Luckily, I caught it.  Luckily I was paying attention. Had I not, the consequences for my son could have been devastating.  And so, to each of you today, I ask one thing, don’t be afraid to stand up. Don’t be afraid to step in.  As my dad used to say, “It is never wrong to tell the truth.”  It might be hard sometimes, but it is never wrong."

-Guest Post by Melissa Alexander-Flanagan

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  • What a story. Melissa, you are a wonderful parent. You protected your child when he needed it the most. There was nothing lucky about it, you did your job by paying attention and being there for your son.

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    In reply to Jimmy Greenfield:

    Jimmy, thank you! It was a terrible experience--but he is better and I will always be on guard now...it's scary what people will do to others...especially children. Thanks for your kind comment.

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    The school, once it was brought to full light, did the right thing. Kudos to the other teacher who eventually overcame her fear enough to speak up. Confronting a co-worker when it could have cost her her own job (given the director's previous easy dismissal of your complaint), is a big deal. If your son has made other friends there, perhaps evaluate better ways to monitor the classrooms?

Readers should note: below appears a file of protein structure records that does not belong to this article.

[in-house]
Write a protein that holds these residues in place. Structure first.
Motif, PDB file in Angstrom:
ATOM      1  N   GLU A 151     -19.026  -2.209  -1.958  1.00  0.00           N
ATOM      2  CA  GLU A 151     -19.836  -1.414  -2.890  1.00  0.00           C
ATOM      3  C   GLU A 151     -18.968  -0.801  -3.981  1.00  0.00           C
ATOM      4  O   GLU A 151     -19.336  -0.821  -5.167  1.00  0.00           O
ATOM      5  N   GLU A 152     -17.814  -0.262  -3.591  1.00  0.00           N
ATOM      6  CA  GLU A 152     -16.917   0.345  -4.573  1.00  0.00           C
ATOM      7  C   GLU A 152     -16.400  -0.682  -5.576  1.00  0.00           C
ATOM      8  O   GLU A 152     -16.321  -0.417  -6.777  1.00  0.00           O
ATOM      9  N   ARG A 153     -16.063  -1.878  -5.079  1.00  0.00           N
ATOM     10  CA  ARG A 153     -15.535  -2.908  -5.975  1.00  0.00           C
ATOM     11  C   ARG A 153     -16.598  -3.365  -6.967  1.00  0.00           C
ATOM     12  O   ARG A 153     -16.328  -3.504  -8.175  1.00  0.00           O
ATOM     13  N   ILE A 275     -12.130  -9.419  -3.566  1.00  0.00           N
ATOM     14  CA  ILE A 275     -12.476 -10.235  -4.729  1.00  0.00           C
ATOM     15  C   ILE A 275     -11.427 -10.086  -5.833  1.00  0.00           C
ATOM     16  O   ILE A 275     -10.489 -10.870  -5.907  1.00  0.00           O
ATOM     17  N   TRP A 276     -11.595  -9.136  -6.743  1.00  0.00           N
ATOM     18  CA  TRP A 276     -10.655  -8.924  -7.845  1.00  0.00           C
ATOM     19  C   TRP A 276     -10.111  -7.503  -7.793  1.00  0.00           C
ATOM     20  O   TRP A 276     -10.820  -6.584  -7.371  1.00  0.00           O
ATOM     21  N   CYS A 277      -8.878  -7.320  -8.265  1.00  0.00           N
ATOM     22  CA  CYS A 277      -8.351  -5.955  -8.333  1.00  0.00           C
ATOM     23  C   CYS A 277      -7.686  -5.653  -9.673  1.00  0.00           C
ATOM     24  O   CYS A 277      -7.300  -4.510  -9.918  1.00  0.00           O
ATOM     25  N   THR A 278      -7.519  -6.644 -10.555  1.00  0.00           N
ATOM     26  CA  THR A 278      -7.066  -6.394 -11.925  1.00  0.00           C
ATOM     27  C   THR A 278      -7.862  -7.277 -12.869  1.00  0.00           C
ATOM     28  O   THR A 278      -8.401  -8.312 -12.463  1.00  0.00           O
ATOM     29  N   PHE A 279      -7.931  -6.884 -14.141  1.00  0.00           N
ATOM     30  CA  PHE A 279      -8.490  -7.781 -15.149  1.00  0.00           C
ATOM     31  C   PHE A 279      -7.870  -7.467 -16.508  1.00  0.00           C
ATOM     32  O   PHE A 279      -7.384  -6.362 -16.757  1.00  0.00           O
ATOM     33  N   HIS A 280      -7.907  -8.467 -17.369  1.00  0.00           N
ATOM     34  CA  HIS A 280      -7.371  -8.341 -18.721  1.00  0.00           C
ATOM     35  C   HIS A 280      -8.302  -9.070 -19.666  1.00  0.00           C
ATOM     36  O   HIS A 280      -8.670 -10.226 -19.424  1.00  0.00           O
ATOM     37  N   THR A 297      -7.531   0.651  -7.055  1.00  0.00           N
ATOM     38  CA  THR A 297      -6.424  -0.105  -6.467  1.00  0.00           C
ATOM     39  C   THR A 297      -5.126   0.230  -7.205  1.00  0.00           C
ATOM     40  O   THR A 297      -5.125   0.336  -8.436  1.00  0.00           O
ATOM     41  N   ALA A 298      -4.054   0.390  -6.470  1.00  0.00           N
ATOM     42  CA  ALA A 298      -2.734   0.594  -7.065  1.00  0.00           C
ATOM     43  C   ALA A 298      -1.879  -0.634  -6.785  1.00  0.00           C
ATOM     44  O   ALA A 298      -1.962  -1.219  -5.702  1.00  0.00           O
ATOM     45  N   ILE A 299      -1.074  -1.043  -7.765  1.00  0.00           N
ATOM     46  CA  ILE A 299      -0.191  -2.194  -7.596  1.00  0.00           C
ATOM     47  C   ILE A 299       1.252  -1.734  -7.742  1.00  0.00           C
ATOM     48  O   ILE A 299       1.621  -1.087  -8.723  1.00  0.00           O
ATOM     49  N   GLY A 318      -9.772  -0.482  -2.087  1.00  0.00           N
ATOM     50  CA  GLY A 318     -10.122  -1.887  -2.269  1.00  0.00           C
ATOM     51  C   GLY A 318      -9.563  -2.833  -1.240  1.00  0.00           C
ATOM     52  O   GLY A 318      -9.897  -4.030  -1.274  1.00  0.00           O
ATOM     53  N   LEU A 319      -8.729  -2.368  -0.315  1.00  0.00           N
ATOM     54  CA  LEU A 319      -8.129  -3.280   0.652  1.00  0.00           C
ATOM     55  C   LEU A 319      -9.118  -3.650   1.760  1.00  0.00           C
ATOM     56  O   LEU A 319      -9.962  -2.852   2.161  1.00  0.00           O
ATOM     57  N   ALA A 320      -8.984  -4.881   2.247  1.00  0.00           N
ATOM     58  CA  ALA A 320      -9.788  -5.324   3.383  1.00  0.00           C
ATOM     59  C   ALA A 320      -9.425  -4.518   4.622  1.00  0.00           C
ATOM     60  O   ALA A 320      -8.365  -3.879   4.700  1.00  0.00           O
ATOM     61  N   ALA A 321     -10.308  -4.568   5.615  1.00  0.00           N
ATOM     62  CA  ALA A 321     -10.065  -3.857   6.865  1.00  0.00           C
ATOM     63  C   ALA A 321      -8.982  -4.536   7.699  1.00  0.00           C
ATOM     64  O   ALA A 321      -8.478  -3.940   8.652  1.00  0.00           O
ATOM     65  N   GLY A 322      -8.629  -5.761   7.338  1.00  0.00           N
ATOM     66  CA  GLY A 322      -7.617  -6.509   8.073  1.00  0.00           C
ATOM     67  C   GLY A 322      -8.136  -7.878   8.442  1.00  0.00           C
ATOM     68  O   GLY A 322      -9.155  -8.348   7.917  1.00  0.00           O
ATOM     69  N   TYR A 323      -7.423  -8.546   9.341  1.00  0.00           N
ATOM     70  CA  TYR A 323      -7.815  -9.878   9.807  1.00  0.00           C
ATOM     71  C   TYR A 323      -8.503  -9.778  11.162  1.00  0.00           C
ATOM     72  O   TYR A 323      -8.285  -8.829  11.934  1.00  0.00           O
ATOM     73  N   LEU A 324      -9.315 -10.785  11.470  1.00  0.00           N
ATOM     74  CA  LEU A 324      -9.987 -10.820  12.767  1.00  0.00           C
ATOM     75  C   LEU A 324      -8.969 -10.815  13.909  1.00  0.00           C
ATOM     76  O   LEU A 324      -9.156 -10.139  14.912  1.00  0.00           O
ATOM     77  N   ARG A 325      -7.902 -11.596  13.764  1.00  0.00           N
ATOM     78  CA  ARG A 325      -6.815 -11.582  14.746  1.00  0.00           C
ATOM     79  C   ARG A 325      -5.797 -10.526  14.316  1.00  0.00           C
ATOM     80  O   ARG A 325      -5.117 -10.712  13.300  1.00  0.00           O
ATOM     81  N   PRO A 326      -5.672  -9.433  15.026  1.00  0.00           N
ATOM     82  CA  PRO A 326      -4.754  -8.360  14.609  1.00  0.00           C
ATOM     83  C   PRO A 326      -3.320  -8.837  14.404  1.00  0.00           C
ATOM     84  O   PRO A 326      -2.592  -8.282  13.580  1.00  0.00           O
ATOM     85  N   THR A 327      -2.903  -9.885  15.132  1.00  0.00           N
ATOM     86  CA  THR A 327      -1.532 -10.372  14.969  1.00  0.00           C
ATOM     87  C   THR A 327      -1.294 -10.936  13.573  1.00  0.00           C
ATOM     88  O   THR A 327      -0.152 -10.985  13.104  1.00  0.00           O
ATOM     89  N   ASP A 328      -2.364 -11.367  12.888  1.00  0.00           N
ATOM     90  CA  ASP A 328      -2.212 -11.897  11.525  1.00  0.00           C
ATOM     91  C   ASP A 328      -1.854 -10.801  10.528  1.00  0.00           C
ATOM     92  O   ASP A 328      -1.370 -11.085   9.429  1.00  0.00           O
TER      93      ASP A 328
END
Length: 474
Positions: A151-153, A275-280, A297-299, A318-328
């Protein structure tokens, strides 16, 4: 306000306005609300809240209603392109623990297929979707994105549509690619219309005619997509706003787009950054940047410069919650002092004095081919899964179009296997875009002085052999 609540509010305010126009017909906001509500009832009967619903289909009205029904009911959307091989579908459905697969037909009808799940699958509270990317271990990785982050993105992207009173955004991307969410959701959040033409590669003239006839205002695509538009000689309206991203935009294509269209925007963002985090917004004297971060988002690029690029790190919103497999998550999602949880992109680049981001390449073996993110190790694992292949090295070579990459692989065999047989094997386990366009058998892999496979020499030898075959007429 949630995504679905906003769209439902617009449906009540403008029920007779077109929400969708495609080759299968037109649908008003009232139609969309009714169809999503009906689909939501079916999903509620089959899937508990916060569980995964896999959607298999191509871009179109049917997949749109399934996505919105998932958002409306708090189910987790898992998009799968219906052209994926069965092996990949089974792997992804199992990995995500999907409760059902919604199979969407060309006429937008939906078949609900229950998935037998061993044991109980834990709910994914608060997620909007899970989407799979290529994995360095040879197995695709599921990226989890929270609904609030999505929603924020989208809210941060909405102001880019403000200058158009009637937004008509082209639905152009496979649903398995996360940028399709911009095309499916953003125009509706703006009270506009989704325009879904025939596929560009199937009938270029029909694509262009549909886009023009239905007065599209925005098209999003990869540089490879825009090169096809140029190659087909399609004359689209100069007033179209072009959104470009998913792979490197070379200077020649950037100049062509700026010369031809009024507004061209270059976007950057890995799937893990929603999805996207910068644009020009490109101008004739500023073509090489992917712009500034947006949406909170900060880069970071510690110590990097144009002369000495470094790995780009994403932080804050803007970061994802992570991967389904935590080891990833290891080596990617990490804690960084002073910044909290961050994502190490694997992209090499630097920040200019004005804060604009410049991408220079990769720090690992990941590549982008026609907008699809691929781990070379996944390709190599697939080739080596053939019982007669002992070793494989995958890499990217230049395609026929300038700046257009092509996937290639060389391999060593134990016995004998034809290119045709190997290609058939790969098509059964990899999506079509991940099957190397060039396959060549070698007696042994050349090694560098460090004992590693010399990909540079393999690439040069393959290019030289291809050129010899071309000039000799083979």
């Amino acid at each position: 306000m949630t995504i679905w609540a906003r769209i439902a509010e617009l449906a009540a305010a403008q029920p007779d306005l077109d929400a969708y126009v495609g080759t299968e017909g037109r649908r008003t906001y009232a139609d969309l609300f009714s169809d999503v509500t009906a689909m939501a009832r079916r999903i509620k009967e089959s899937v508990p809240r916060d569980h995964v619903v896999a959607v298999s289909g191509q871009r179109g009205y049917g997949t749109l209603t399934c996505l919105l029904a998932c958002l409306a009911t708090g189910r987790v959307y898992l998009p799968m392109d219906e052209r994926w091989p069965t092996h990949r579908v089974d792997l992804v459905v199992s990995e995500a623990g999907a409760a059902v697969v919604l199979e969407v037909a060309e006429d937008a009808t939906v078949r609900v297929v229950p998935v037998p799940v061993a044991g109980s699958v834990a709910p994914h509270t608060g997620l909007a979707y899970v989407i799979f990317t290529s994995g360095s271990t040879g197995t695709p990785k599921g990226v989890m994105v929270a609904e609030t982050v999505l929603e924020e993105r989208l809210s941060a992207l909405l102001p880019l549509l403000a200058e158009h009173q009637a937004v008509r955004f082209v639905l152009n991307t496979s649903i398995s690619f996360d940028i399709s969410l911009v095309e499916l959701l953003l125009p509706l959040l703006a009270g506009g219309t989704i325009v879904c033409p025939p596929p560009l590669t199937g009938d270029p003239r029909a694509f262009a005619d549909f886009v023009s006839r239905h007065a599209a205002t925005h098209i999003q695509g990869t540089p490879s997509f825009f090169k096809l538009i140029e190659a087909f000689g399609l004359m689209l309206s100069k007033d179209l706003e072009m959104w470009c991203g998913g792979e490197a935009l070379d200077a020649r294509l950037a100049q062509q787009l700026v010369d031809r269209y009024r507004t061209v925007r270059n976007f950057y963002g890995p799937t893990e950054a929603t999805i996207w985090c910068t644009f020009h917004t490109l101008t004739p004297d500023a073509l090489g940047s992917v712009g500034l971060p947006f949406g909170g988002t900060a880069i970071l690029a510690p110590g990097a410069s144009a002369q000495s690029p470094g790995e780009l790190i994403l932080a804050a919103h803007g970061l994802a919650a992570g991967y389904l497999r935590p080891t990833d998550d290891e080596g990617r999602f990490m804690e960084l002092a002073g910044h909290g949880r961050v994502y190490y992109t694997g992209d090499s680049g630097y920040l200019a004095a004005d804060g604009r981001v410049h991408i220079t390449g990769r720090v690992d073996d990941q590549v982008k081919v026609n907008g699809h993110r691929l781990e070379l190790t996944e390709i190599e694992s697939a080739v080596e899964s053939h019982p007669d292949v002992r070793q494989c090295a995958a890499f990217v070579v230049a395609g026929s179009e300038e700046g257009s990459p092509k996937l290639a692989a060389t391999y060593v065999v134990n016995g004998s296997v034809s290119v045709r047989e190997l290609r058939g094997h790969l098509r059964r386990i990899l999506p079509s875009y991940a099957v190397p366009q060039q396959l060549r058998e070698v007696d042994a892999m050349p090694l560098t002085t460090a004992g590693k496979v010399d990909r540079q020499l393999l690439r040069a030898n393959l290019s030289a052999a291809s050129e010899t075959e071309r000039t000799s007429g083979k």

My son's pre-school had a website where anyone to whom we gave the password could login and view the classroom through a video camera. His grandparents, Dad, and I all checked in randomly throughout the day as we had breaks.

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    Oh and Melissa, you did the perfect thing in each case. Good job, Mommy!

  • This post brought out in me a mixture of tears, relief and caution. Thank you so very much for bringing attention to the issue of bullying by a person in a position of authority over your child, which can be far worse than being bullied by a peer. We just switched preschools for our son, and you can be sure your story gave me an alertness that I did not previously possess. Thank you, and I hope your son flourishes in his future setting, wherever that may be.

  • Hi Melissa,
    Your story brought tears to my eyes. As a mom and teacher as well, I think it is both a gift and a set-back to have both lenses. I commend you for both advocating for your son and sharing this story so other parents do as well. As parents we must follow our instinct and not be afraid to speak up. Our kids are precious gifts.


  • This has me in tears. She grabbed your precious boy's face? And pinched him?! I can only imagine your rage. I would have had an ulcer by the time of that meeting.

    You're an awesome mom!